Conflicts are bound to occur, principally with America. Although Washington and the Pentagon have given their seal of approval to ESDI in all its forms and, if push comes to shove, their assistance as well.
But the strategic dissent is already making itself felt, because the sort of operations ESDI will undertake will be the ones the Americans will steer clear of. If that is because of their insignificance, then so much the better; but if the non- involvement stems from serious differences, then things could get dangerous. It may be too that the United States is engaged elsewhere.
The world's sole remaining superpower may still be aiming for the skies -- literally, with their theater missile defense system and metaphorically with a military revolution, that high-tech mega-project which couples reconnaissance and long-range weaponry to ensure a completely mastered field of engagement.
As the latest report by the Center for Strategic and International Studies in Washington has shown, however, its abilities to wage conventional war is decreasing concurrently. The United States is a maritime power, and engagements in the heart of a far continent are neither in its tradition nor its national interests.
In the first and final analysis, it was this skeptical appraisal of strategic content that prompted the British in 1998 to extend their unconditional "NATO first" concept, which has its roots in World War II and the beginnings of the Cold War.
Europeans and Americans, ran the credo, should become indispensable partners. That, however, presupposes a balance which has never existed: the fact is that during the long years of the Cold War, NATO was -- and remains no less today -- a force largely determined by American leadership, strategy and technical superiority.
This imbalance is less a product of American aspirations of world hegemony than of European interests in strategic aid. During the days of the Soviet threat from the East, the Europeans were at pains never to give the United States the impression that they could if necessary hold the fort alone.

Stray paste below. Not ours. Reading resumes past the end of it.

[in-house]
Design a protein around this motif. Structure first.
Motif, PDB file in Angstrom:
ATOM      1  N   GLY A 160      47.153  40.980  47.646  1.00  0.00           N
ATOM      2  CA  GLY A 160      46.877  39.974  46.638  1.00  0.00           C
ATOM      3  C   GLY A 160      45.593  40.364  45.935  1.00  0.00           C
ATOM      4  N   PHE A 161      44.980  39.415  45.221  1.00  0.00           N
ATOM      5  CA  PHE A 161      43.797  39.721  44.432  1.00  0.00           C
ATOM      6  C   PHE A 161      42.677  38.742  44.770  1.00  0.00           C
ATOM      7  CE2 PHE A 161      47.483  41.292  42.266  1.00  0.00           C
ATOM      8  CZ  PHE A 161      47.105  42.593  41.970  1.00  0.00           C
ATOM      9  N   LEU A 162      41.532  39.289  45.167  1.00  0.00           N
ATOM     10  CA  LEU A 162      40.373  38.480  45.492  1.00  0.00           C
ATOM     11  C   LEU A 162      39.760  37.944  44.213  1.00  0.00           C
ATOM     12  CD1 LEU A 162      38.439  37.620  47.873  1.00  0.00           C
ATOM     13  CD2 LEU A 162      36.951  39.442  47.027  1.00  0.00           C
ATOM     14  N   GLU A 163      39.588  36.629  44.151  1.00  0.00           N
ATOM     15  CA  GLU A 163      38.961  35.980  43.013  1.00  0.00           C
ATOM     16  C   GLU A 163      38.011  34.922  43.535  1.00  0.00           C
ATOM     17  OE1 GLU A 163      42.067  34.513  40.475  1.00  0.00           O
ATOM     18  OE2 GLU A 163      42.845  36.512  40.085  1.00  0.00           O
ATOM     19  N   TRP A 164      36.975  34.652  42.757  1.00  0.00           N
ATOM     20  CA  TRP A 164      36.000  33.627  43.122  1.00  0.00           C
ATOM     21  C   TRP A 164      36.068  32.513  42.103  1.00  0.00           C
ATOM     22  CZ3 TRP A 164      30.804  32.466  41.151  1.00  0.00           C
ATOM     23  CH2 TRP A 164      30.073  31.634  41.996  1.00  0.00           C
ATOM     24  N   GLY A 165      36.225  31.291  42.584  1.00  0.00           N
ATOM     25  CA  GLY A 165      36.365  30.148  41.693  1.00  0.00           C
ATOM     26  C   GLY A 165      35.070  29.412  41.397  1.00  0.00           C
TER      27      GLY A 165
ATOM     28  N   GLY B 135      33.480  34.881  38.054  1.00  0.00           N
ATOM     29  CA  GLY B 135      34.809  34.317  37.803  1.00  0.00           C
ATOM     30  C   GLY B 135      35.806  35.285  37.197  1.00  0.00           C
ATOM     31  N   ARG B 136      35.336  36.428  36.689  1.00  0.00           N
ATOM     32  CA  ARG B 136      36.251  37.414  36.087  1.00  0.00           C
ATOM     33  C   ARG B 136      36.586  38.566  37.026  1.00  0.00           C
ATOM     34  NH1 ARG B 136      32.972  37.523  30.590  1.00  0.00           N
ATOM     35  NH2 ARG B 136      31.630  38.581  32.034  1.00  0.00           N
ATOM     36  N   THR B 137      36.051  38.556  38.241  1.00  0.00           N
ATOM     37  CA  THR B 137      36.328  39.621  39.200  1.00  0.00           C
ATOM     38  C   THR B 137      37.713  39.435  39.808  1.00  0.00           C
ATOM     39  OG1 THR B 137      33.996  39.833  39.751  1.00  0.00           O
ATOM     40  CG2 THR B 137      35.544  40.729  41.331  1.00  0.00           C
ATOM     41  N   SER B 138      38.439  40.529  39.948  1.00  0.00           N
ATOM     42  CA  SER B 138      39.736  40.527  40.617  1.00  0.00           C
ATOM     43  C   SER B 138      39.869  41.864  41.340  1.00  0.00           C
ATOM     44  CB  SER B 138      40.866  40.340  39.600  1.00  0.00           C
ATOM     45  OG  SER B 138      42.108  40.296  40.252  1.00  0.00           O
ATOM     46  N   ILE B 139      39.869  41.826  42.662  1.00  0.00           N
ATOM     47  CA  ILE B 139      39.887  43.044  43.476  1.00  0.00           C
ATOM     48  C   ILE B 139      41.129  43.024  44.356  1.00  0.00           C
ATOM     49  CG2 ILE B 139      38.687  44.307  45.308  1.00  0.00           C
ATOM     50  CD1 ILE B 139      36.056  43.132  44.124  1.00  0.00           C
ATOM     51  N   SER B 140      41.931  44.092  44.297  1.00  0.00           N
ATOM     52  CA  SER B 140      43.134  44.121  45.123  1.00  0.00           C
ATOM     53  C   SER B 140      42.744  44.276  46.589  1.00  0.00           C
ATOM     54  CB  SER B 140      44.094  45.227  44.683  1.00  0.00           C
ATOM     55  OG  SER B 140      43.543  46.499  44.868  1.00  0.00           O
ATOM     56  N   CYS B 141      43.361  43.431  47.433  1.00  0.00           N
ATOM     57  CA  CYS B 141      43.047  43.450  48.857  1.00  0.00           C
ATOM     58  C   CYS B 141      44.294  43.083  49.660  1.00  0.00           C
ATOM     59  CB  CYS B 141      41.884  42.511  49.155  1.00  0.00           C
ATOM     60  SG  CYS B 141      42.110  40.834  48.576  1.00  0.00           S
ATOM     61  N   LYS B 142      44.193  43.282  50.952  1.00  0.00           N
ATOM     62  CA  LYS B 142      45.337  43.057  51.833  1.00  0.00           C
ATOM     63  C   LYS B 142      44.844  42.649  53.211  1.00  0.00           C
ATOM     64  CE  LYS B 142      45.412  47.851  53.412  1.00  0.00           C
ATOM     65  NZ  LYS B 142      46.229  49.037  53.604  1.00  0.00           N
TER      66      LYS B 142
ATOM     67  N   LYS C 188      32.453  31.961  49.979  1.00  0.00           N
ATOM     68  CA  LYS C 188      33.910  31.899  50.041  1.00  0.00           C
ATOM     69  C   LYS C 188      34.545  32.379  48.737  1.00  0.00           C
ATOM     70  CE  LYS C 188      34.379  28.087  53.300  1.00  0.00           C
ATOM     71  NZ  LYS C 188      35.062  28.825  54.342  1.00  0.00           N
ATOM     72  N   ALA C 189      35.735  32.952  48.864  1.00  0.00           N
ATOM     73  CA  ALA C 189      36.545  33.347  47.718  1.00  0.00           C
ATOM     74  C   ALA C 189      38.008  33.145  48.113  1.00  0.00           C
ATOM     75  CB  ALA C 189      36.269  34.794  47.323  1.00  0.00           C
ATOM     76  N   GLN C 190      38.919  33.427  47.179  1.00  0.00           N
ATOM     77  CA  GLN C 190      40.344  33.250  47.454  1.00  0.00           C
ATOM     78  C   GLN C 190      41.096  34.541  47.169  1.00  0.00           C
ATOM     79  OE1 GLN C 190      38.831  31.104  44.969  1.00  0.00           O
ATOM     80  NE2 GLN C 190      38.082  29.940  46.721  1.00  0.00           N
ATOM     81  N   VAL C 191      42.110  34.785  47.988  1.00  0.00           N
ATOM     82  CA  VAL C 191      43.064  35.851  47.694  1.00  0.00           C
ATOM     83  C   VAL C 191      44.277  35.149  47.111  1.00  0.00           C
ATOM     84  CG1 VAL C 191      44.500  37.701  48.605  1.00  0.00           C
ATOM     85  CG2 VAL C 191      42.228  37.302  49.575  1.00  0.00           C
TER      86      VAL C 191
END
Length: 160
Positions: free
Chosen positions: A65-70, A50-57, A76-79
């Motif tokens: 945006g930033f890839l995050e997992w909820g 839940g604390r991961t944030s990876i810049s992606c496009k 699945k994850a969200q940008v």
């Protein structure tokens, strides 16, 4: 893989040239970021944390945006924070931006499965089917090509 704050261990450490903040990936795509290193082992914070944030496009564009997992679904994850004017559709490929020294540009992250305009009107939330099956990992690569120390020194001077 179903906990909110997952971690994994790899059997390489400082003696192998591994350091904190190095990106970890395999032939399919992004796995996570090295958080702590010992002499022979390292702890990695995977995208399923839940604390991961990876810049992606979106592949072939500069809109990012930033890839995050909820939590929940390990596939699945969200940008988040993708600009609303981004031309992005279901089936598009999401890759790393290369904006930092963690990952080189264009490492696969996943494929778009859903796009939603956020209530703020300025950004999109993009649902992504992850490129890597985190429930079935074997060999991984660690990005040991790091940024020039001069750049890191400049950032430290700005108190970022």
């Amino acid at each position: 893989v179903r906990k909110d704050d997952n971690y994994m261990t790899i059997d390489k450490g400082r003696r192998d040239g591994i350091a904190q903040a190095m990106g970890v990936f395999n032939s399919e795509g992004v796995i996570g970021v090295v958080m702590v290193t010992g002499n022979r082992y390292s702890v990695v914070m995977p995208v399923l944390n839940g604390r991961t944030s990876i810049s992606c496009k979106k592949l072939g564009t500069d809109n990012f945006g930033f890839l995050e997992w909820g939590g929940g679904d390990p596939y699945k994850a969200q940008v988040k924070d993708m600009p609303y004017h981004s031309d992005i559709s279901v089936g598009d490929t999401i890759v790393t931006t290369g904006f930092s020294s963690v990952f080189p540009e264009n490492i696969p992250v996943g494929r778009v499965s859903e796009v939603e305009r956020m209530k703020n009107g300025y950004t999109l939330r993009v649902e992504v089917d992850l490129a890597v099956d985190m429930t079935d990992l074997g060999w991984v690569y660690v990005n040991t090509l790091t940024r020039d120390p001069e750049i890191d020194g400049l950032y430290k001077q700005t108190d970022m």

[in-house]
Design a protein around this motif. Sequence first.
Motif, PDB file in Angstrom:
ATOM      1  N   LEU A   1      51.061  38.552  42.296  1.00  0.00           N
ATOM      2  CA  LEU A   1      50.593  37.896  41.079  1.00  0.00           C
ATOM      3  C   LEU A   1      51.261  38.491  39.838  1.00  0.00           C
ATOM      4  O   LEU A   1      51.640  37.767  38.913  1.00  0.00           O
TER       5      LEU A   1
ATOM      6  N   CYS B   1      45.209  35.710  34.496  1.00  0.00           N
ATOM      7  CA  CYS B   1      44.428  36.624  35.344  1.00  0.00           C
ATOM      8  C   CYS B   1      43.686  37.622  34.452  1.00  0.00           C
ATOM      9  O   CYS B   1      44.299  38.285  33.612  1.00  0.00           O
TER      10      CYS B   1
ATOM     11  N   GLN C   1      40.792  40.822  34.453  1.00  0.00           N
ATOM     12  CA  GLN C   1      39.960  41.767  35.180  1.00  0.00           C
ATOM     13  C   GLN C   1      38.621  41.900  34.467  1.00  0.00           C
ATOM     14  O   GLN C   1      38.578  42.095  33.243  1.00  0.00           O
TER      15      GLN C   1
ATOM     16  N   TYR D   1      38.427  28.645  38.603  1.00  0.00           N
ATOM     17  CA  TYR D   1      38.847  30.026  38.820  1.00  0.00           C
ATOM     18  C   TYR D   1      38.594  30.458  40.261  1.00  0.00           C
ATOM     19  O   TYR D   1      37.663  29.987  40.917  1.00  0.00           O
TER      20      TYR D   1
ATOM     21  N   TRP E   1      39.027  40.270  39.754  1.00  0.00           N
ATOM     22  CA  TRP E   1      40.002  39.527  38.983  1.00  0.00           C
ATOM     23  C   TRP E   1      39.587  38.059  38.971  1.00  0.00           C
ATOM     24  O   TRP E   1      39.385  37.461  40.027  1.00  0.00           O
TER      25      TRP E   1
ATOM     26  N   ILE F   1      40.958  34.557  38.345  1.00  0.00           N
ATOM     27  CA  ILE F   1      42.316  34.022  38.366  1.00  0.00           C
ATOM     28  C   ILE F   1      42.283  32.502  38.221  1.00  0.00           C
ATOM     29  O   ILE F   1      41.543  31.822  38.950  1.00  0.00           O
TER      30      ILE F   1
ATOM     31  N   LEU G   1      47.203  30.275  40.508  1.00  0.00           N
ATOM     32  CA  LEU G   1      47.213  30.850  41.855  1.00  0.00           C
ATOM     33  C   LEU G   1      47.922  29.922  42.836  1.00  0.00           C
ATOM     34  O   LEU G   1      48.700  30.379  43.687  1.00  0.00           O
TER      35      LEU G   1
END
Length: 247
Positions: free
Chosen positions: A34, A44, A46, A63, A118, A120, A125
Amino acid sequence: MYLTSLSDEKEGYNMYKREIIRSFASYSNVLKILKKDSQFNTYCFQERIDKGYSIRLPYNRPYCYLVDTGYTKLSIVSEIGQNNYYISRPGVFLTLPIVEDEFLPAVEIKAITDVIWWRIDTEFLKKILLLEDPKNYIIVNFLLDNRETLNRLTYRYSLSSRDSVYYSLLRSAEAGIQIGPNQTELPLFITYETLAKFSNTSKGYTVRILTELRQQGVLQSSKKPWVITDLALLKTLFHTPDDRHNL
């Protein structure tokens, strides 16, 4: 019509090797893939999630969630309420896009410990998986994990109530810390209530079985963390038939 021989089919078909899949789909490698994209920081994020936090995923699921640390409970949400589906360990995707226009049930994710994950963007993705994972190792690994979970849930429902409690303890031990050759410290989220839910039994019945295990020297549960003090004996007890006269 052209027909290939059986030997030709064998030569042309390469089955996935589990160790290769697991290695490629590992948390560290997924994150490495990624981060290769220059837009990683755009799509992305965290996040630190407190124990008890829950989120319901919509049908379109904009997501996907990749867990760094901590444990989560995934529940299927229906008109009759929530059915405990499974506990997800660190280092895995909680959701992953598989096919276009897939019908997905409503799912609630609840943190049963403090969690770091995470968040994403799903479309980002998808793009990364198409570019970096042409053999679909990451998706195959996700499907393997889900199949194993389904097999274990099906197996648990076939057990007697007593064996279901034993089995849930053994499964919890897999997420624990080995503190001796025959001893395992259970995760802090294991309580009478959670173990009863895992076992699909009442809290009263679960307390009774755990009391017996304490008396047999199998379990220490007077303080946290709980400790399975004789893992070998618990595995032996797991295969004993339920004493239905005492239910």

With the exception of France and Britain, the Europeans henceforth accommodated themselves nicely under this umbrella, heedless of their inadequate defense budgets, ageing ordnance and superannuated command structures.
But in point of fact, the Americans were not always prepared to accept a "strong European pillar". Although John F. Kennedy demanded it forty years ago and Henry Kissinger called for it in the "European Year" of 1973, what Washington really wanted was strategic and material relief from the weight of their responsibilites. In short, what they termed "burden-sharing".
At the same time the Americans feared a Europe-wide Gaullism taking root. There is still a decisive tendency in Washington to confront the European with pre-formed decisions, to get drawn into conflicts which were not their own -- and in the end to foot the strategic bill.
For the British government, ESDI was not only dictated by security considerations. As Britain is likely to stay out of the Europe's core project, the single currency, for a number of years yet, it was in the British interest to play on and profit from its peculiar strengths. Its European partners, for their part, saw their chance to employ pragmatic British ideas on ESDI to overcome the thicket of institutions the incongruence of EU and NATO, EU and Western European Union (WEU).
ESDI will demand that both sides, Europeans and Americans, do what George Robertson so eloquently described: ride two horses at the same time. What may confound the laws of physics, thankfully does not apply to statecraft.
-- Die Welt